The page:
Romania Insider
Romanian Laura Codruta Kovesi can start her mandate as European Chief Prosecutor

The European Parliament’s leading MEPs endorsed the appointment of Romanian Laura Codruţa Kövesi’s as the first head of the new European Public Prosecutor’s Office, on Wednesday, October 16.

The decision by the Conference of Presidents (EP President David Sassoli and political group leaders) follows an agreement in September between the European Parliament and EU Council negotiators on the new European Chief Prosecutor, the EP announced in a press release. The Parliament’s negotiating team backed Kövesi throughout the negotiations.

“Following her confirmation today, Ms Kövesi can start her seven-year mandate. The Council endorsed the deal earlier this week,” reads the European Parliament’s release.

Former Romanian prime minister Dacian Ciolos, the leader of the Renew Europe group in the Parliament, congratulated Kovesi on her endorsement. “It is an important and symbolical moment for Romania that the fight against fraud and corruption that impact the European Union’s public funds will be led by a Romanian in the next seven years. Congratulations, Laura Codruţa Kövesi! You have the chance to build from zero the European Public Prosecutor’s Office and I’m sure you will do it with competence and responsibility,” Ciolos said.

The EPPO, which is expected to be operational at the end of 2020, will be an independent office in charge of investigating, prosecuting and bringing to justice crimes against the EU budget, such as fraud, corruption or cross-border VAT fraud above EUR 10 million. The list of crimes could be extended in the future to include, for example, terrorism.

So far, 22 member states have joined the EPPO. The five countries that currently do not participate - Sweden, Hungary, Poland, Ireland and Denmark - could join at any time.

The EPPO central office will be based in Luxembourg, along with the Chief Prosecutor and a College of Prosecutors from all participating countries. They will head the day-to-day criminal investigations carried out by the delegated prosecutors in all participating member states.

[email protected]

(Photo source: Inquam Photos / Octav Ganea)

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Romania Insider
Romanian Laura Codruta Kovesi can start her mandate as European Chief Prosecutor

The European Parliament’s leading MEPs endorsed the appointment of Romanian Laura Codruţa Kövesi’s as the first head of the new European Public Prosecutor’s Office, on Wednesday, October 16.

The decision by the Conference of Presidents (EP President David Sassoli and political group leaders) follows an agreement in September between the European Parliament and EU Council negotiators on the new European Chief Prosecutor, the EP announced in a press release. The Parliament’s negotiating team backed Kövesi throughout the negotiations.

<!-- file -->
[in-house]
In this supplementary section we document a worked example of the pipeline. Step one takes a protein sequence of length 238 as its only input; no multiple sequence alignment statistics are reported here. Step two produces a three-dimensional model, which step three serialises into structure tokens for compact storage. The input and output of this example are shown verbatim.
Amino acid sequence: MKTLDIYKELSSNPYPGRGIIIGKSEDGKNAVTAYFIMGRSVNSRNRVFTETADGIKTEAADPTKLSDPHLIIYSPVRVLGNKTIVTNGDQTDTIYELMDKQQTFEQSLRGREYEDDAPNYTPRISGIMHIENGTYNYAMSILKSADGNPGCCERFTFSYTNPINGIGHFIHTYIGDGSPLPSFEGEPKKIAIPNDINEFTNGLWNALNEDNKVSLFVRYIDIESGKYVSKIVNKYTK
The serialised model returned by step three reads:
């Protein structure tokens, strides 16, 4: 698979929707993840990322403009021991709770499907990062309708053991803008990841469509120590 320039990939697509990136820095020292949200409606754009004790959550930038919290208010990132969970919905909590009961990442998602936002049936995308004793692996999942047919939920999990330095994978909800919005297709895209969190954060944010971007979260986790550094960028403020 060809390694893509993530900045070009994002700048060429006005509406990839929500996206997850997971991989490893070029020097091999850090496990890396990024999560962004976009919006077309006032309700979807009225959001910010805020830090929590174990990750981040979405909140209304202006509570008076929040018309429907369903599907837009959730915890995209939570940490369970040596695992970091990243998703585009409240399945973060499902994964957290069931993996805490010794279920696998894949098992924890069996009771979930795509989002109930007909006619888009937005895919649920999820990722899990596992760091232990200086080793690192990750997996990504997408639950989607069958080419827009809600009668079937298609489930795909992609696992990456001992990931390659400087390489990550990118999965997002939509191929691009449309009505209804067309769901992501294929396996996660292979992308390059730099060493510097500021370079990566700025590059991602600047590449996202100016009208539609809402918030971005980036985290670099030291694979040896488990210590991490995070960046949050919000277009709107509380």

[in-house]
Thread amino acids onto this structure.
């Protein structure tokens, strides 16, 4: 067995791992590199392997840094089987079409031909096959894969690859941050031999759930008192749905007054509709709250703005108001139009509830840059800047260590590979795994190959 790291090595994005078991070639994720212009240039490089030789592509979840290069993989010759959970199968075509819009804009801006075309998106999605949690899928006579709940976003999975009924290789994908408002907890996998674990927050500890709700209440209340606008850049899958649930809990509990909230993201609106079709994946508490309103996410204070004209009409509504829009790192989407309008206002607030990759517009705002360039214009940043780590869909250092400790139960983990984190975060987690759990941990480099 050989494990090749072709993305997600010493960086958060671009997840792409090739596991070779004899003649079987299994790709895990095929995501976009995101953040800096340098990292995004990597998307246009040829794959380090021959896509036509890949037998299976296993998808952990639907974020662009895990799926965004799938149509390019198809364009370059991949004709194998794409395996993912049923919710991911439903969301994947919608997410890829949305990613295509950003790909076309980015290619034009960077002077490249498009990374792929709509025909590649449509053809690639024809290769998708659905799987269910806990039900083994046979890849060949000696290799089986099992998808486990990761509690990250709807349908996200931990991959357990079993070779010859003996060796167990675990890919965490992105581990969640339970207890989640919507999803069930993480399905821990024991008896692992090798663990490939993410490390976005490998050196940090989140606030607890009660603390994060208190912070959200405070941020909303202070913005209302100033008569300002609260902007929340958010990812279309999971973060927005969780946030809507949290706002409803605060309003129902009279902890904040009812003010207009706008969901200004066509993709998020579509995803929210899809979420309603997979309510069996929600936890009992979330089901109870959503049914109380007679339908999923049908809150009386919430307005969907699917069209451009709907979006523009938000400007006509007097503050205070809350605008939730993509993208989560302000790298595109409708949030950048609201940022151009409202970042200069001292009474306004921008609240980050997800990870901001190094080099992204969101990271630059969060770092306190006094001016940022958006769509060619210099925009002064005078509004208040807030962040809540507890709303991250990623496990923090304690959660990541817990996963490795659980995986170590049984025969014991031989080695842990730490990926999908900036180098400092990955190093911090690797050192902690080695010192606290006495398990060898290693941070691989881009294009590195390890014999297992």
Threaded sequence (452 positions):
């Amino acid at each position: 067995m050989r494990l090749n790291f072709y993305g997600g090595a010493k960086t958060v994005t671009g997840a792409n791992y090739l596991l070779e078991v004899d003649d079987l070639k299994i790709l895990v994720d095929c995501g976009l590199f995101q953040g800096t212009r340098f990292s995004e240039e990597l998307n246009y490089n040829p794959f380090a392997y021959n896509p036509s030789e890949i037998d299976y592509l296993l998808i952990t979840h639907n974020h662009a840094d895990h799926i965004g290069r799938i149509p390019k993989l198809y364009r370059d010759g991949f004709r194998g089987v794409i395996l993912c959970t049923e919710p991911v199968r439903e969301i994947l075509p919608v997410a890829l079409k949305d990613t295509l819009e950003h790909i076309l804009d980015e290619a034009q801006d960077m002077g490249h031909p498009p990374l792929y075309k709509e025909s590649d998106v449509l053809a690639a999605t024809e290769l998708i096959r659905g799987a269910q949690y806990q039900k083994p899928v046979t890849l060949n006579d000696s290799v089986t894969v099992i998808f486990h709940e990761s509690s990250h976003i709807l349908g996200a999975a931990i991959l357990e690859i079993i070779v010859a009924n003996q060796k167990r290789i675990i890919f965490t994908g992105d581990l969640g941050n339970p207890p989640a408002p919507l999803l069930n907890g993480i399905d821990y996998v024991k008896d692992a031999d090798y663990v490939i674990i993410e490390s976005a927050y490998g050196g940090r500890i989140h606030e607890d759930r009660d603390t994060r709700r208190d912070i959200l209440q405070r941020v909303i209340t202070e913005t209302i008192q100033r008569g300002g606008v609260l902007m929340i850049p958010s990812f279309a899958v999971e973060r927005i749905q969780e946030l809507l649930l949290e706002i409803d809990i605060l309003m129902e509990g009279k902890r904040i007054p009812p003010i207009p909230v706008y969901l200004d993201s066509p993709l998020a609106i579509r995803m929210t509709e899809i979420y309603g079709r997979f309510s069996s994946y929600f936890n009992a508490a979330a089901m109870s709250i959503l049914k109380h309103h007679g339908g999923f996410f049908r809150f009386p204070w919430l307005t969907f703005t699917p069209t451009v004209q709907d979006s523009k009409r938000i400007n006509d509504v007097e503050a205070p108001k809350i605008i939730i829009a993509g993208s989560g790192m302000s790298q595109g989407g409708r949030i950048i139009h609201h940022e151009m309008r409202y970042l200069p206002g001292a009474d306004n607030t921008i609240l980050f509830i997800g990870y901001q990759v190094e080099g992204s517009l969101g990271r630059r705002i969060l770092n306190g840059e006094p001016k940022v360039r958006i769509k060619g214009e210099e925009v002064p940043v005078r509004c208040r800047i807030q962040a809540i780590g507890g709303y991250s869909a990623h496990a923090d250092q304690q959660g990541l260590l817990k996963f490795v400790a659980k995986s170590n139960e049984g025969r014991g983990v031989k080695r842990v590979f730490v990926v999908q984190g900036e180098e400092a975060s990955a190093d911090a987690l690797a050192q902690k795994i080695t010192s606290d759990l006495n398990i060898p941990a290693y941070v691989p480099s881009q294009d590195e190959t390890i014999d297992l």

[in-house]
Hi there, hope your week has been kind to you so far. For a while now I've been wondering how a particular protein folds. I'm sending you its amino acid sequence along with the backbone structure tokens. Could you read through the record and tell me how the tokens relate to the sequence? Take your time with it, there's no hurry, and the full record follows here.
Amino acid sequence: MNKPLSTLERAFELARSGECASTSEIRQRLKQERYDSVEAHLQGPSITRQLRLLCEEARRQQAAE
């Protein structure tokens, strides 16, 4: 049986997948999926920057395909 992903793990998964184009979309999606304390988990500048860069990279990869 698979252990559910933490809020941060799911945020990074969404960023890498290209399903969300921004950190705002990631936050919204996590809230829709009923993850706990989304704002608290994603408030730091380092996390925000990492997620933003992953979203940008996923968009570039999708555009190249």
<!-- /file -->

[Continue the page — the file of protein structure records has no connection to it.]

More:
“Following her confirmation today, Ms Kövesi can start her seven-year mandate. The Council endorsed the deal earlier this week,” reads the European Parliament’s release.

Former Romanian prime minister Dacian Ciolos, the leader of the Renew Europe group in the Parliament, congratulated Kovesi on her endorsement. “It is an important and symbolical moment for Romania that the fight against fraud and corruption that impact the European Union’s public funds will be led by a Romanian in the next seven years. Congratulations, Laura Codruţa Kövesi! You have the chance to build from zero the European Public Prosecutor’s Office and I’m sure you will do it with competence and responsibility,” Ciolos said.

The EPPO, which is expected to be operational at the end of 2020, will be an independent office in charge of investigating, prosecuting and bringing to justice crimes against the EU budget, such as fraud, corruption or cross-border VAT fraud above EUR 10 million. The list of crimes could be extended in the future to include, for example, terrorism.

So far, 22 member states have joined the EPPO. The five countries that currently do not participate - Sweden, Hungary, Poland, Ireland and Denmark - could join at any time.

The EPPO central office will be based in Luxembourg, along with the Chief Prosecutor and a College of Prosecutors from all participating countries. They will head the day-to-day criminal investigations carried out by the delegated prosecutors in all participating member states.

[email protected]

(Photo source: Inquam Photos / Octav Ganea)

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